In what ways are Dee and Maggie different in "Everyday Use?"
The short story "Everyday Use" is primarily based on the characterization of Dee, the narrator, and Maggie. Dee woks as a character foil for both Maggie and the narrator, who is the mother of the two girls.
Maggie is very timid and shy. She does not possess the looks that Dee does. "Dee is lighter than Maggie, with nicer hair and a fuller figure." Maggie was badly burned in the fire that took their old house and has never entirely recovered. Maggie is described by her mother who says, "have you ever seen a lame animal, perhaps a dog run over by some careless person rich enough to own a car, sidle up to someone who is ignorant enough to be kind to him? That is the way my Maggie walks. She has been like this, chin on chest, eyes on ground, feet in shuffle, ever since the fire that burned the other house to the ground."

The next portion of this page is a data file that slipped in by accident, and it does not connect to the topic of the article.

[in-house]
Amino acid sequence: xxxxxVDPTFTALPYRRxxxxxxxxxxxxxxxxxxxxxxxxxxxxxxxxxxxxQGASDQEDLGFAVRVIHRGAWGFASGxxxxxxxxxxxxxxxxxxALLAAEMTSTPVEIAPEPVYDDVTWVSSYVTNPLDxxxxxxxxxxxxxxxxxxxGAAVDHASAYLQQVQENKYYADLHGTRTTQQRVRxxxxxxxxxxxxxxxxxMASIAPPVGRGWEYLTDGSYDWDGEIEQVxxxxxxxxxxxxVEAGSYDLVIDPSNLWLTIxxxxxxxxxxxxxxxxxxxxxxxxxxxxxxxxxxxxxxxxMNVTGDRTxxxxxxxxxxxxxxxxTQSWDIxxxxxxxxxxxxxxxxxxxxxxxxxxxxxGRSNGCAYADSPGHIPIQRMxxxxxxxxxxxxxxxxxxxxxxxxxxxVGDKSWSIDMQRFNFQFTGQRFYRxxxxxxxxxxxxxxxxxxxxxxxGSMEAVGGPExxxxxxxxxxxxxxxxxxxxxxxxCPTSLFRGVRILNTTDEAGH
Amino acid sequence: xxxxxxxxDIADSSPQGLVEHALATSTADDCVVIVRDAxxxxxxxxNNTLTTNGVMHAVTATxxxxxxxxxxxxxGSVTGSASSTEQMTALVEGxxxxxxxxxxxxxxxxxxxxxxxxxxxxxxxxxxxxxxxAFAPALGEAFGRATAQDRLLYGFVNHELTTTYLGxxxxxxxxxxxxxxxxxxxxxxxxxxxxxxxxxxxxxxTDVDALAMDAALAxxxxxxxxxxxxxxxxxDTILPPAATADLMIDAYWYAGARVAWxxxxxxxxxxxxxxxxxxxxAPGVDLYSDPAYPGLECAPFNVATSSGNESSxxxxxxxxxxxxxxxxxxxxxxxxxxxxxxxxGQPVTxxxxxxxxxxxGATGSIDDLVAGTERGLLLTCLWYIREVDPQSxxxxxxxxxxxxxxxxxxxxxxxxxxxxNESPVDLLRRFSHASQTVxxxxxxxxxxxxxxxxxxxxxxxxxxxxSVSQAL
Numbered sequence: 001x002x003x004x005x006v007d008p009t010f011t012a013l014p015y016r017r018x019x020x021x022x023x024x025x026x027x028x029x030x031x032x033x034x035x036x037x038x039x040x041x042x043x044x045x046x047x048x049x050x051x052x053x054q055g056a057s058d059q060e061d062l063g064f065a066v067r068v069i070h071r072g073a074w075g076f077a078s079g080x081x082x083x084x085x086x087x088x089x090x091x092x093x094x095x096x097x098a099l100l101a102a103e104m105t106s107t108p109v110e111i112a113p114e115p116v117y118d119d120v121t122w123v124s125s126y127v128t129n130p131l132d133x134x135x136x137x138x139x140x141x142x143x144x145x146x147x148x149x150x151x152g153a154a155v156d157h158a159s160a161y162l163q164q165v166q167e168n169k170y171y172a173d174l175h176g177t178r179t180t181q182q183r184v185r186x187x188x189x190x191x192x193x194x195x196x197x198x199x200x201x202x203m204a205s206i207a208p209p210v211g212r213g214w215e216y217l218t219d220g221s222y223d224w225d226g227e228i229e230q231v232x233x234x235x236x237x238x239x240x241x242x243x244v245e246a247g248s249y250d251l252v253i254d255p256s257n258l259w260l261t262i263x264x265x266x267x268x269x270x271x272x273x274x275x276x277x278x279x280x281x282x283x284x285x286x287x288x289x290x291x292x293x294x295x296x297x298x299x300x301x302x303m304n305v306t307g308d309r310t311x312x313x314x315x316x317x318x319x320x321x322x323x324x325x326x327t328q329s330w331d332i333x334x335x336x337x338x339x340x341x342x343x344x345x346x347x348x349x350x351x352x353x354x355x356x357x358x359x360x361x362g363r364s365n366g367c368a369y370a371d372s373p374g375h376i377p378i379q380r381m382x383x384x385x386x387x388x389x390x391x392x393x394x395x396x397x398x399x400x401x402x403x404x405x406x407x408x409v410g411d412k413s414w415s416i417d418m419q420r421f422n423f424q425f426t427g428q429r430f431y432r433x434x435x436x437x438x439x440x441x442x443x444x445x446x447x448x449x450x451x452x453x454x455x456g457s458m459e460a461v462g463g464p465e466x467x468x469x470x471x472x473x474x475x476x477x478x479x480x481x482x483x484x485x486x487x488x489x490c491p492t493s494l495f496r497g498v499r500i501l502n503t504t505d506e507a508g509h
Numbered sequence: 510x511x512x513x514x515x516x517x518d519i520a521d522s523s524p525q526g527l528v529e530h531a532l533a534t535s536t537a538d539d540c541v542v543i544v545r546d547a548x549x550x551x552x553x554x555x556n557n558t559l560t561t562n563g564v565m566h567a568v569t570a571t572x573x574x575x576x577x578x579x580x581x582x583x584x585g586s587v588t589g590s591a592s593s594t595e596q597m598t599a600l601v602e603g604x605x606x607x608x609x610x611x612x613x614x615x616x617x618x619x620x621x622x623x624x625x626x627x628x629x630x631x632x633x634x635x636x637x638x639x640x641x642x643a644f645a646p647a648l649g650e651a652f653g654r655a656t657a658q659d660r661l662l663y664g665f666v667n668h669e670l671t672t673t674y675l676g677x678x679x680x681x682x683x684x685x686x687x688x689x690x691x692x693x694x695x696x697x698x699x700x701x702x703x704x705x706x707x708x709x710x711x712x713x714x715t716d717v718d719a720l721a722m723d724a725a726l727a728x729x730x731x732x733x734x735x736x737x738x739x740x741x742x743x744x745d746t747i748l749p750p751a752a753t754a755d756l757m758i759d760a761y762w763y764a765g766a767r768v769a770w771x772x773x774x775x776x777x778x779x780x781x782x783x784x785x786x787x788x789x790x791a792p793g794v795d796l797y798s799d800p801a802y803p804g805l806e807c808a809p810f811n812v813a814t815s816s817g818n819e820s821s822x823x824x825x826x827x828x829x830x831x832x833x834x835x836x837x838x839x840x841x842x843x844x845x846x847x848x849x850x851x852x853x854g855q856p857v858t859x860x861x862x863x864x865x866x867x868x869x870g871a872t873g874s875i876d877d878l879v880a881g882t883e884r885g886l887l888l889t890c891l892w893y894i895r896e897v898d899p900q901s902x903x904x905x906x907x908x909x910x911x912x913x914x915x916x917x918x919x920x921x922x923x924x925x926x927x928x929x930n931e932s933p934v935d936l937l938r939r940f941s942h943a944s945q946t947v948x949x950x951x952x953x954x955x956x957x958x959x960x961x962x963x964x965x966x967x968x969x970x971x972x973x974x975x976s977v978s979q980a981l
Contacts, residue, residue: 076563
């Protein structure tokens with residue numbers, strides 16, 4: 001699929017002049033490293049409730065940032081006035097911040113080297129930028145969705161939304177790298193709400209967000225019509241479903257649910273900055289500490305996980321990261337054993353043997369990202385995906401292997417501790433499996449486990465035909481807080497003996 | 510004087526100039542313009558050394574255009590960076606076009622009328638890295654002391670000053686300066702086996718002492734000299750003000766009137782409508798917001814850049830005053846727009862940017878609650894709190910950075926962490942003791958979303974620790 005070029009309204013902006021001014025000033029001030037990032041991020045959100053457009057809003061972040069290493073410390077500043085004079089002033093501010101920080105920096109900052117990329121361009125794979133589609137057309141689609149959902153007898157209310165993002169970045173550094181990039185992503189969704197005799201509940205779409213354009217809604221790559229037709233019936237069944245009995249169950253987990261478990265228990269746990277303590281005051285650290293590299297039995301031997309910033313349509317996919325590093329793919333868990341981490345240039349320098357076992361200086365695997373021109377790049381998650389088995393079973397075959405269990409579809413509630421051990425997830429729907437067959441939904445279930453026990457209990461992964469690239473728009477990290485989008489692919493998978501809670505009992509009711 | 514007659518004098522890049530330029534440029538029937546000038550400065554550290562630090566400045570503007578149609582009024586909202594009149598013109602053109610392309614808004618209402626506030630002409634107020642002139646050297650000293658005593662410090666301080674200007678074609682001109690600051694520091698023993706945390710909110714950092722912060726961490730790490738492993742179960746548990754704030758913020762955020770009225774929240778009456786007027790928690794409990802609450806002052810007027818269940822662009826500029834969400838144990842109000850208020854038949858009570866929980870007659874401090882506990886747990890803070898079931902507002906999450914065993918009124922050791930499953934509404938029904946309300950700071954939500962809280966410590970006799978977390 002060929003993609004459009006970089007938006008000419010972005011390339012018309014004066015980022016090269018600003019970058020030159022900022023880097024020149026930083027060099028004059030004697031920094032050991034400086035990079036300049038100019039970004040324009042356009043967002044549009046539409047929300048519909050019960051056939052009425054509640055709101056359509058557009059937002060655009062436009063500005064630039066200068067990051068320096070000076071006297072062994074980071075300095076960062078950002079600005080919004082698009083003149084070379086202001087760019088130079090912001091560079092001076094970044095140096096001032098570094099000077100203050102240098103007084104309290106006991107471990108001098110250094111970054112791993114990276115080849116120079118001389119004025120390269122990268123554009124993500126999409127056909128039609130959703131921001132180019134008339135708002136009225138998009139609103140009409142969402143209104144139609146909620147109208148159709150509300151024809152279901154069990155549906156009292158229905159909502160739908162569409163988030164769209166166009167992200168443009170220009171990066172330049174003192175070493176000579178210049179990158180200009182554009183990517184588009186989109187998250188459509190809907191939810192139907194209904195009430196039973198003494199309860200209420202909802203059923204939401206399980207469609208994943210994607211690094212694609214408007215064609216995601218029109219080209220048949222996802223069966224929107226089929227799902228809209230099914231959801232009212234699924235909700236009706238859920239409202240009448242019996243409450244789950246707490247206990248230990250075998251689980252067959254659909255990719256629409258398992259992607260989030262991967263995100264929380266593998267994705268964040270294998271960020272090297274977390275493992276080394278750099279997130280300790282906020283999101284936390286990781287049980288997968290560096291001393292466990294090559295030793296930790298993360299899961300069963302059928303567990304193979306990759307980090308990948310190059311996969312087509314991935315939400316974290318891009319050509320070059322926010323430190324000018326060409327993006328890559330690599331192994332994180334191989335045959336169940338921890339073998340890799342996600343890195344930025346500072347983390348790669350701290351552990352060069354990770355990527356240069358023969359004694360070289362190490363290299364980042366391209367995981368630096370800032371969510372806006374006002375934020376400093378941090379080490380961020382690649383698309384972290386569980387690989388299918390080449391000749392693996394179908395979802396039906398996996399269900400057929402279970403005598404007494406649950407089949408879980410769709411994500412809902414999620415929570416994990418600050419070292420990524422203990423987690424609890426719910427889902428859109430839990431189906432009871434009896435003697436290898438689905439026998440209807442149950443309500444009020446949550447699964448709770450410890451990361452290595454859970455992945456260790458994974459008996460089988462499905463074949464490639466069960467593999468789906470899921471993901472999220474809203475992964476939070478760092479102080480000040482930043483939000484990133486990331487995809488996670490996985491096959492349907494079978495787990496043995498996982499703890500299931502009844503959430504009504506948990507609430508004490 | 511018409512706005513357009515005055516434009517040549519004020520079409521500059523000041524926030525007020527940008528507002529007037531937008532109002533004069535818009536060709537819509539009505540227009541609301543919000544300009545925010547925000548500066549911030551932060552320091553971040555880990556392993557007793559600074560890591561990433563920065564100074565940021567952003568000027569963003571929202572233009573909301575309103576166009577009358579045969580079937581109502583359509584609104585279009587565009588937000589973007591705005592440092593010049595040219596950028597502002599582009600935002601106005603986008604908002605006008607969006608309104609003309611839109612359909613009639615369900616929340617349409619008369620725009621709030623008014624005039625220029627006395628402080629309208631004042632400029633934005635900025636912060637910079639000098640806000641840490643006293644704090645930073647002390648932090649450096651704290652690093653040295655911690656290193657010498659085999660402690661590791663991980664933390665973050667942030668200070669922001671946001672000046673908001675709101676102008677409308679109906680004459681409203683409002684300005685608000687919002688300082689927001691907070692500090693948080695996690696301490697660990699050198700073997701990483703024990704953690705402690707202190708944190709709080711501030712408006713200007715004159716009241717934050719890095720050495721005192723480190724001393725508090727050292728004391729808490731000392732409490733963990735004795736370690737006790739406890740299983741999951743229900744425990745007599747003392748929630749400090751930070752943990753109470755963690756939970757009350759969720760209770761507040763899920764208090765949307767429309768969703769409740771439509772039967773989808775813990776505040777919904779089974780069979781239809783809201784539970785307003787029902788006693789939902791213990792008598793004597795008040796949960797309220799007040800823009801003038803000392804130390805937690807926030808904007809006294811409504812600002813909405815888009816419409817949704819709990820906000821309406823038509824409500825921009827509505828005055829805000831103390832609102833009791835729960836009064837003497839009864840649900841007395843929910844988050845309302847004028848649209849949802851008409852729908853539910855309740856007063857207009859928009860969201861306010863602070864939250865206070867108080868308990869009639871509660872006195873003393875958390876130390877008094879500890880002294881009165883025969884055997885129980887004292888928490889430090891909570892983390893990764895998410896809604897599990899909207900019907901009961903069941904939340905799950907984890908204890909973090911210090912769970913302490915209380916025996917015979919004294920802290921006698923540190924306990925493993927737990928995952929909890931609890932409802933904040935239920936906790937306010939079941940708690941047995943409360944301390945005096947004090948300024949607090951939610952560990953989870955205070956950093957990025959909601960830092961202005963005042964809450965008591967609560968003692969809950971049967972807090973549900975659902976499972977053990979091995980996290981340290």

Dee, on the other hand, is brave and outgoing. "She would always look anyone in the eye. Hesitation was no part of her nature." Dee is also very intelligent and uses this to belittle the other two characters. "She used to read to us without pity; forcing words, lies, other folks' habits, whole lives upon us two, sitting trapped and ignorant underneath her voice. She washed us in a river of make-believe, burned us with a lot of knowledge we didn't necessarily need to know . . . to shove us away at just the moment, like dimwits, we seemed about to understand."
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